|The first excerpt represents the element of Air. It speaks of mental influences and the process of thought, and is drawn from The Market-Place by Harold Frederic:
Madden took it as having been spoken. "I'm not disposed
to pretend that I'm overjoyed about it, you know,"
she said to him bluntly, as their hands dropped, and they
stood facing each other. "If I said I congratulated you,
it would be only the emptiest form. And I hate empty forms."
"Why should you think that I won't make a good husband?"
Thorpe asked the question with a good-natured if peremptory
frankness which came most readily to him in the presence
of this American lady, herself so outspoken and masterful.
"I don't know that I specially doubt it," she replied.
"I suppose any man has in him the makings of what is called
|The second excerpt represents the element of Fire. It speaks of emotional influences and base passions, and is drawn from Ten Years Later by Alexandre Dumas:
"Somebody told me you came on the part of M. le Prince. They
must have been mistaken, surely?"
"No, monseigneur; M. le Prince has charged me to convey this
letter to your royal highness, and I am to wait for an
answer to it."
Raoul had been a little annoyed by this cold and cautious
reception, and his voice insensibly sank to a low key.
The prince forgot that he was the cause of this apparent
mystery, and his fears returned.
He received the letter from the Prince de Conde with a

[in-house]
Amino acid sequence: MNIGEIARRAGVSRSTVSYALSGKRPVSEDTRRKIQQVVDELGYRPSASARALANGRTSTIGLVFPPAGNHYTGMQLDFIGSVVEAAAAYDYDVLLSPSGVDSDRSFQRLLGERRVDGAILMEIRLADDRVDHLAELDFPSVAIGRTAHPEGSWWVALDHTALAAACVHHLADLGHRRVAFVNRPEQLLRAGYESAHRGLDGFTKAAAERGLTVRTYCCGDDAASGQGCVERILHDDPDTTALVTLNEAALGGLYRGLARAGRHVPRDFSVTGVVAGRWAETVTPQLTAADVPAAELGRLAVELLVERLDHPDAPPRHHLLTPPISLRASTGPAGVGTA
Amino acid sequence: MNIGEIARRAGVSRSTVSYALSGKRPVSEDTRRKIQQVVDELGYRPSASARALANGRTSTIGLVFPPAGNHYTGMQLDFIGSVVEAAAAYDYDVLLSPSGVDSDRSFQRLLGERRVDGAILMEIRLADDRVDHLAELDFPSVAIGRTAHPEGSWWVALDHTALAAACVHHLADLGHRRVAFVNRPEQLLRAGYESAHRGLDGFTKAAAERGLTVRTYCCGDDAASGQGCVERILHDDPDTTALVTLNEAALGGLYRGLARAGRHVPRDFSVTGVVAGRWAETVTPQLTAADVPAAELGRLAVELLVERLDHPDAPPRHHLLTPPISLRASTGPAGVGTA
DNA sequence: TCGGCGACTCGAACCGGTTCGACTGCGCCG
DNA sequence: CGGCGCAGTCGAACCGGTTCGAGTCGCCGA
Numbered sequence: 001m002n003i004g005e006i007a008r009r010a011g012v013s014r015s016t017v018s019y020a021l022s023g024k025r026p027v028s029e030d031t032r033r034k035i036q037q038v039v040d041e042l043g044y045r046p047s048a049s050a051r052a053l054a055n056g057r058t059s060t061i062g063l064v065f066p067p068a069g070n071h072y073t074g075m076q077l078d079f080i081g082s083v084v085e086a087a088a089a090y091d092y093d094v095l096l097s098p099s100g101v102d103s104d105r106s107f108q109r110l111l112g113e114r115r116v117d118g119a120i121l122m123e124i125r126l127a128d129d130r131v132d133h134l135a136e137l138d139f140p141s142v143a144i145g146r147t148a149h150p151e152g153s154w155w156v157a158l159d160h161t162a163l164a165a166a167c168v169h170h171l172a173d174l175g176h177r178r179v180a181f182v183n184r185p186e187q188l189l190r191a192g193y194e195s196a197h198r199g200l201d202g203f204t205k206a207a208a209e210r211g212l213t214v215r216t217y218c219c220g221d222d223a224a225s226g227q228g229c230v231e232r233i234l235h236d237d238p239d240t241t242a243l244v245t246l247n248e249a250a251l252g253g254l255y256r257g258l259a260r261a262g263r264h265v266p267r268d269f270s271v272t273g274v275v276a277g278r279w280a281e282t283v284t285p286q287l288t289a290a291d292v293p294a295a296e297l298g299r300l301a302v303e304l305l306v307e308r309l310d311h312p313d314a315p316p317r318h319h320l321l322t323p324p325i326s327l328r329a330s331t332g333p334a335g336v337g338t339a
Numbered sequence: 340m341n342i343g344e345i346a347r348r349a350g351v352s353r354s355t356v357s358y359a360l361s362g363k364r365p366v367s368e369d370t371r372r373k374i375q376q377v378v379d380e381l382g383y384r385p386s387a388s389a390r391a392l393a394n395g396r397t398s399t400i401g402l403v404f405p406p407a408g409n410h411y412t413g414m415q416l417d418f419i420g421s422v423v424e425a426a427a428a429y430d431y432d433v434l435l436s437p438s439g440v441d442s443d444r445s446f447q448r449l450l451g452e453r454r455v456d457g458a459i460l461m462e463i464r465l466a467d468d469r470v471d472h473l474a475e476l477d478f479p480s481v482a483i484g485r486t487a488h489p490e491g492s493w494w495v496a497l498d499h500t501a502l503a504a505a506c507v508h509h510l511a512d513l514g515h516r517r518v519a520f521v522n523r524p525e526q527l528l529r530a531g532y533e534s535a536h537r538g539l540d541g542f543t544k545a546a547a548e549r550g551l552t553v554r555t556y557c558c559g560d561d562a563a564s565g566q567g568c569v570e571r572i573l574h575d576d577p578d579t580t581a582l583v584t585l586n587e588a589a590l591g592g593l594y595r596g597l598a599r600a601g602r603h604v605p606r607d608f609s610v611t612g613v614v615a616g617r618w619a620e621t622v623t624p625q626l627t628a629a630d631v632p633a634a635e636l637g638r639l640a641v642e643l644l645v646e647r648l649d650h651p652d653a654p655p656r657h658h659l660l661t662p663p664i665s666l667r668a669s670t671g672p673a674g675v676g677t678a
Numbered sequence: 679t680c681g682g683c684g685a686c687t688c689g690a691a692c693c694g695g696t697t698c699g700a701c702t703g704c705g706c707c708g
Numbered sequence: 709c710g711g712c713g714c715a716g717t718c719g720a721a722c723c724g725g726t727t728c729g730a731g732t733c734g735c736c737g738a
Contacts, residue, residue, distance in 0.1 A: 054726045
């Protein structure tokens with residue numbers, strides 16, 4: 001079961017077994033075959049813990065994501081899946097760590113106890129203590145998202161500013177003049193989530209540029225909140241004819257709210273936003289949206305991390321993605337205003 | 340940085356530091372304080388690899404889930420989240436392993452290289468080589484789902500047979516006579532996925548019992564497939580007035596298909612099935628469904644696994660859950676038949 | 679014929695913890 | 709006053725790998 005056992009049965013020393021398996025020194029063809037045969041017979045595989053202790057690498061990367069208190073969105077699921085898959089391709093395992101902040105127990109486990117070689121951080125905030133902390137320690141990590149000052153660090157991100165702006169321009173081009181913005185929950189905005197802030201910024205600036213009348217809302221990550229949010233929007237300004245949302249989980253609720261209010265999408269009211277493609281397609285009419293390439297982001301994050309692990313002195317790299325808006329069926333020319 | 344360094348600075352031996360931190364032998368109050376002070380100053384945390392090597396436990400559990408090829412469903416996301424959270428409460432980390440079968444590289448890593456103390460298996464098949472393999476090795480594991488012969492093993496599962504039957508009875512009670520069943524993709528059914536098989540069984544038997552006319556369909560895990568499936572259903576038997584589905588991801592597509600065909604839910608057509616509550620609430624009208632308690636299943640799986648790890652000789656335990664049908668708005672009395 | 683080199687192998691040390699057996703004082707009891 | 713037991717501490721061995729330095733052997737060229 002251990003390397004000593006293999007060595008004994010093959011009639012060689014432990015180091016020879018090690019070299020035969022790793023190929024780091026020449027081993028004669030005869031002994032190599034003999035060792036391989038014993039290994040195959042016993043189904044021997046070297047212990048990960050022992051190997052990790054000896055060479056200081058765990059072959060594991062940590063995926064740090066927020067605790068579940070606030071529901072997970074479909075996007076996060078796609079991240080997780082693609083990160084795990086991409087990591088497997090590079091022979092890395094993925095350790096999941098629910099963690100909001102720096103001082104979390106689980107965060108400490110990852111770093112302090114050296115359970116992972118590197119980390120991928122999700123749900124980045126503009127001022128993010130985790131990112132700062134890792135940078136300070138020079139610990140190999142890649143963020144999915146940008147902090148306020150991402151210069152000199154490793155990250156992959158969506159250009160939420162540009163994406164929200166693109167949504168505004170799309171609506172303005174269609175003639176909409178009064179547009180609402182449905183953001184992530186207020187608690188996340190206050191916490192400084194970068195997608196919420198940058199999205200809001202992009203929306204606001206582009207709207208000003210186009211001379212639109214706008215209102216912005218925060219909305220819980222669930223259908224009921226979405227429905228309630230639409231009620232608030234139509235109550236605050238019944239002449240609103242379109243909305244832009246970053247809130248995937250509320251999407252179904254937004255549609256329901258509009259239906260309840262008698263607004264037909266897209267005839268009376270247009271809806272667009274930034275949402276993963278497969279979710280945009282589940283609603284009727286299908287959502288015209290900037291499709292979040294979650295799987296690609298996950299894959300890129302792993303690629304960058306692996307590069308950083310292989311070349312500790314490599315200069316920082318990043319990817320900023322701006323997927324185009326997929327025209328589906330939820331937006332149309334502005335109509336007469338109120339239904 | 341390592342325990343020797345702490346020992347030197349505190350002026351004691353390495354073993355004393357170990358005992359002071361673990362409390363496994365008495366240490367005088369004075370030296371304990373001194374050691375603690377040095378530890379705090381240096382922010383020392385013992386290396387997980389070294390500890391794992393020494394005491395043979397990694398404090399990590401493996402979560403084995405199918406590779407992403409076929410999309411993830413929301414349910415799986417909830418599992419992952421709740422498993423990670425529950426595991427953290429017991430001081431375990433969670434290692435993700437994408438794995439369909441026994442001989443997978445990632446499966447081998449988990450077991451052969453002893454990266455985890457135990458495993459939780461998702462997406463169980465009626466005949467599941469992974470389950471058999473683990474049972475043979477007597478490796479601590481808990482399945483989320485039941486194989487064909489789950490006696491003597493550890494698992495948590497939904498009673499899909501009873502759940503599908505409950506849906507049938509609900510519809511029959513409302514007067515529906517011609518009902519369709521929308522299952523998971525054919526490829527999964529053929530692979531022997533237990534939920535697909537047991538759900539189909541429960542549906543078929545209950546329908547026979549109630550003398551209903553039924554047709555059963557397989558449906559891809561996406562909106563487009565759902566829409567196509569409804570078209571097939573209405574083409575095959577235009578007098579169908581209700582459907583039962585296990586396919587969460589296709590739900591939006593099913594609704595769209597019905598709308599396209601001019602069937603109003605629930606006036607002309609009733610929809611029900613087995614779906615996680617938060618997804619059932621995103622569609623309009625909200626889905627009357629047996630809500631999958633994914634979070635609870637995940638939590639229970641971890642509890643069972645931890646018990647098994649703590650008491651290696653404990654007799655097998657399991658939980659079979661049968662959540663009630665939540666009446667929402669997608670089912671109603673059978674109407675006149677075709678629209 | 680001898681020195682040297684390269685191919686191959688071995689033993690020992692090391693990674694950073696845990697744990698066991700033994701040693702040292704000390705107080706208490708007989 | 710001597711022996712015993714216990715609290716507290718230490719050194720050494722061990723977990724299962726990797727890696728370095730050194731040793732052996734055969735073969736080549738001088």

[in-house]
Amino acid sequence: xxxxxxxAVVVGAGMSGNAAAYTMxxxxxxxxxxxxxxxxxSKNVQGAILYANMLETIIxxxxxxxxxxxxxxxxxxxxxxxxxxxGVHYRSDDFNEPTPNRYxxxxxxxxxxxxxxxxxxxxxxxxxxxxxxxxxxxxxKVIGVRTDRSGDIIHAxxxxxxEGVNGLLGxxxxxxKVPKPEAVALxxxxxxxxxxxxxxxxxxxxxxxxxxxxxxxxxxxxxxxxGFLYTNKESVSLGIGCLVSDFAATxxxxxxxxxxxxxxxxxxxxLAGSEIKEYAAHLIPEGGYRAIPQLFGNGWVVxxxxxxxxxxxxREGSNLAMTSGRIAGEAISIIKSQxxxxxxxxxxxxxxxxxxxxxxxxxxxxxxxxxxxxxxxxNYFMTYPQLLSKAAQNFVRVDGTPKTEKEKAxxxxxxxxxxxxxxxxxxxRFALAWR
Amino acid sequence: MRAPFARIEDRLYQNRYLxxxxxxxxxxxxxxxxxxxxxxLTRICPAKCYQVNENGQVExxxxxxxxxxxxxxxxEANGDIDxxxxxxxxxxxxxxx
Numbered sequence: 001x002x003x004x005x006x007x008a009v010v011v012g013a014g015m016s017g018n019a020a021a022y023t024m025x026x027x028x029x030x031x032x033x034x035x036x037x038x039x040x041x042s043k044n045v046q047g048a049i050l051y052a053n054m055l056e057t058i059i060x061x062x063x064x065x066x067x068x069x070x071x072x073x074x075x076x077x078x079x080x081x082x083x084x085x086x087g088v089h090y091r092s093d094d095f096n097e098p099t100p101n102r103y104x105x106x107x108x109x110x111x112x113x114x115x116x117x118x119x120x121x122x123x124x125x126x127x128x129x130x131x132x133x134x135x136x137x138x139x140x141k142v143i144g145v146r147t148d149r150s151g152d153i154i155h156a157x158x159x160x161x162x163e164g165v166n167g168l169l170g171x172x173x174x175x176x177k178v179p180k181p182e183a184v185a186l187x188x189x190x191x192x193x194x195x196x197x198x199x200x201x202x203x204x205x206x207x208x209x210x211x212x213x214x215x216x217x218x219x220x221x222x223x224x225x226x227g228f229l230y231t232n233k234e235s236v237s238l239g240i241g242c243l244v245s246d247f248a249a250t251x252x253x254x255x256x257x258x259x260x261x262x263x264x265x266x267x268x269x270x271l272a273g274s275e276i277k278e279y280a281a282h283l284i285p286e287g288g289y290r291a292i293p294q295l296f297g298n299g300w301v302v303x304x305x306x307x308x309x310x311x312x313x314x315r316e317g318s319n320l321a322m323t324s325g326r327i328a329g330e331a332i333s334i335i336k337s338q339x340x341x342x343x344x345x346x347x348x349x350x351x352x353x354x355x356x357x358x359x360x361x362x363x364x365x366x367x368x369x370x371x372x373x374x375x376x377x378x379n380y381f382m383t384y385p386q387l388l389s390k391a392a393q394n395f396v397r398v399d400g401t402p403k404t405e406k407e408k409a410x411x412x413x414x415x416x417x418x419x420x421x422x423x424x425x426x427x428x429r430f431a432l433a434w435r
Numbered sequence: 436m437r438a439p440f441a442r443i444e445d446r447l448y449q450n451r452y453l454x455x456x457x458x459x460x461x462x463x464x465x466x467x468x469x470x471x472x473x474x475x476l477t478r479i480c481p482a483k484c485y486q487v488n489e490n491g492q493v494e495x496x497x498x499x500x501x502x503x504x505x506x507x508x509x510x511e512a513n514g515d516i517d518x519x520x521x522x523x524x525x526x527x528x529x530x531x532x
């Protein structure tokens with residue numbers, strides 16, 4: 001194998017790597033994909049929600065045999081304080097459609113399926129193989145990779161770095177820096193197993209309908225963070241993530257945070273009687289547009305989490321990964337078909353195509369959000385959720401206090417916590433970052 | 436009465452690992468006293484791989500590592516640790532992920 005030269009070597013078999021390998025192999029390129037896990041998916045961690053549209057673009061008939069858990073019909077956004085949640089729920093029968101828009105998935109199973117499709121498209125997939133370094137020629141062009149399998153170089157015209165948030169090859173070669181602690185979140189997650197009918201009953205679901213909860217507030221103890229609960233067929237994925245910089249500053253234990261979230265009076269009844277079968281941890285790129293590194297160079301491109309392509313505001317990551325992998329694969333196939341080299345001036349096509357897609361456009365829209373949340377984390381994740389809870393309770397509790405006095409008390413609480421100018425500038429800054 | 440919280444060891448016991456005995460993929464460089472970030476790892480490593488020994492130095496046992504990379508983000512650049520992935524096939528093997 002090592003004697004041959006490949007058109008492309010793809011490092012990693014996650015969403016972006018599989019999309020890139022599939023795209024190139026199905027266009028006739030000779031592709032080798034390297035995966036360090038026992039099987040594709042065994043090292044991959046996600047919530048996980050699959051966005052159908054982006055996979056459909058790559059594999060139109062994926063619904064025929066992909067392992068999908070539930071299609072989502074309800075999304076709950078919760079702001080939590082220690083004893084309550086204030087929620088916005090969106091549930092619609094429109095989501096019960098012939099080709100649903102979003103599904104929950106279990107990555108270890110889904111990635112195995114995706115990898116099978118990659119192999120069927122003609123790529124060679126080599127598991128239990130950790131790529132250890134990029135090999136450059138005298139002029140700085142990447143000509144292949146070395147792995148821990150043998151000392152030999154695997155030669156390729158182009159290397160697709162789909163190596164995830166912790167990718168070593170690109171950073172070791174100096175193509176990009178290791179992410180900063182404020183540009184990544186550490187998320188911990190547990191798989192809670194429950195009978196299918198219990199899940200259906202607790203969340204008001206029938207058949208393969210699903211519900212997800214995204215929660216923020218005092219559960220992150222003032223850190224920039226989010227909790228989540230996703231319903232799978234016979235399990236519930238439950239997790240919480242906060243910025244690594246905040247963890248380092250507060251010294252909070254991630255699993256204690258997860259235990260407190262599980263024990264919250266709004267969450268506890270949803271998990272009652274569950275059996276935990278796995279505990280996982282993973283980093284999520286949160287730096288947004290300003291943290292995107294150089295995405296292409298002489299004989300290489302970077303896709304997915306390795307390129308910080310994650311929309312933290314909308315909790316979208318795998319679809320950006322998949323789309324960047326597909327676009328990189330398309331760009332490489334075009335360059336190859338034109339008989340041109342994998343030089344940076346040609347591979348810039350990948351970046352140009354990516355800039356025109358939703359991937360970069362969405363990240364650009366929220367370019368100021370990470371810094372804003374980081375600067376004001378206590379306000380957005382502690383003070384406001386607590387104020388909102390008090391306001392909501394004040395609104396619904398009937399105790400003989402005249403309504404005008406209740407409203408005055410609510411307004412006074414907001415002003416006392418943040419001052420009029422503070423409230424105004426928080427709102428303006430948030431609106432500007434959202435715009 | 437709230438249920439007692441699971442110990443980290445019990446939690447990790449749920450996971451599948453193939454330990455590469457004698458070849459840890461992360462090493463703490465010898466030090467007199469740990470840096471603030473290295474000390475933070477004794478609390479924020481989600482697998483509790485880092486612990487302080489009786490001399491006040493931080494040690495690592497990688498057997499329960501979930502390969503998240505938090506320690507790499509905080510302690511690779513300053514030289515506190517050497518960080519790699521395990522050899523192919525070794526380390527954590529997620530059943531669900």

Ten Years Later
|The third excerpt represents the element of Water. It speaks of pure spiritual influences and feelings of love, and is drawn from The Case of The Lamp That Went Out by Grace Isabel Colbron and Augusta Groner:
one evidently the housekeeper, the other possibly the cook. The
latter was weeping openly and devoutly kissing the hand of her
mistress. The housekeeper discovered that a rug was missing and
sent the maid back for it, while the old servant helped the lady
into the carriage. The door of the carriage was wide open and
Muller had a good glimpse of the pale, sweet-faced and
delicate-looking young women who leaned back in her corner,
shivering and evidently ill. The servants bustled about, making
her comfortable, while her husband superintended the work with
anxious tenderness. He was a tall, fine-looking man with deep-set
grey eyes and a rich, sympathetic voice. He gave his orders to
|The fourth excerpt represents the element of Earth. It speaks of physical influences and the impact of the unseen on the visible world, and is drawn from The Battle of the Books by Jonathan Swift:
him, are they not now obsolete, to a degree, that Empson and Dudley
themselves, if they were now alive, would find it impossible to put
them in execution?
It is likewise urged, that there are, by computation, in this
kingdom, above ten thousand parsons, whose revenues, added to those
of my lords the bishops, would suffice to maintain at least two
hundred young gentlemen of wit and pleasure, and free-thinking,
enemies to priestcraft, narrow principles, pedantry, and
prejudices, who might be an ornament to the court and town: and
then again, so a great number of able [bodied] divines might be a
recruit to our fleet and armies. This indeed appears to be a